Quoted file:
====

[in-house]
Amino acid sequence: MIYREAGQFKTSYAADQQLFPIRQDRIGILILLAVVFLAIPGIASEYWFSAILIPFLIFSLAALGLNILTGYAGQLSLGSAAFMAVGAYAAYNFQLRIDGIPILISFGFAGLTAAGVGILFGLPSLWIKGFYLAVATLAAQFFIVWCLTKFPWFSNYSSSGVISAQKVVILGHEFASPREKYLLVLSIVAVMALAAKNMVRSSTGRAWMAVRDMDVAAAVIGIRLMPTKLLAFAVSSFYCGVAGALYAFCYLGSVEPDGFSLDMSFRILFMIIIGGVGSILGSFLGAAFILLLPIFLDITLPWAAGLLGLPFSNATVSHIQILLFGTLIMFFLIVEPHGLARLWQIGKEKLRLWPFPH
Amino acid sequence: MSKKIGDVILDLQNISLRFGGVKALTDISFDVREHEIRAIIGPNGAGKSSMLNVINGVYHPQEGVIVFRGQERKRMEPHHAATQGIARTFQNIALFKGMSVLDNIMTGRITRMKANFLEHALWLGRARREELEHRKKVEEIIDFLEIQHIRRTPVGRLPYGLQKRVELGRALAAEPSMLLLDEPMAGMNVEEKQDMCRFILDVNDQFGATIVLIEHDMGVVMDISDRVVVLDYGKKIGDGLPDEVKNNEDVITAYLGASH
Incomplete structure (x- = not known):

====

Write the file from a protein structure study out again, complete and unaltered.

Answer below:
[in-house]
Amino acid sequence: MIYREAGQFKTSYAADQQLFPIRQDRIGILILLAVVFLAIPGIASEYWFSAILIPFLIFSLAALGLNILTGYAGQLSLGSAAFMAVGAYAAYNFQLRIDGIPILISFGFAGLTAAGVGILFGLPSLWIKGFYLAVATLAAQFFIVWCLTKFPWFSNYSSSGVISAQKVVILGHEFASPREKYLLVLSIVAVMALAAKNMVRSSTGRAWMAVRDMDVAAAVIGIRLMPTKLLAFAVSSFYCGVAGALYAFCYLGSVEPDGFSLDMSFRILFMIIIGGVGSILGSFLGAAFILLLPIFLDITLPWAAGLLGLPFSNATVSHIQILLFGTLIMFFLIVEPHGLARLWQIGKEKLRLWPFPH
Amino acid sequence: MSKKIGDVILDLQNISLRFGGVKALTDISFDVREHEIRAIIGPNGAGKSSMLNVINGVYHPQEGVIVFRGQERKRMEPHHAATQGIARTFQNIALFKGMSVLDNIMTGRITRMKANFLEHALWLGRARREELEHRKKVEEIIDFLEIQHIRRTPVGRLPYGLQKRVELGRALAAEPSMLLLDEPMAGMNVEEKQDMCRFILDVNDQFGATIVLIEHDMGVVMDISDRVVVLDYGKKIGDGLPDEVKNNEDVITAYLGASH
Incomplete structure (x- = not known):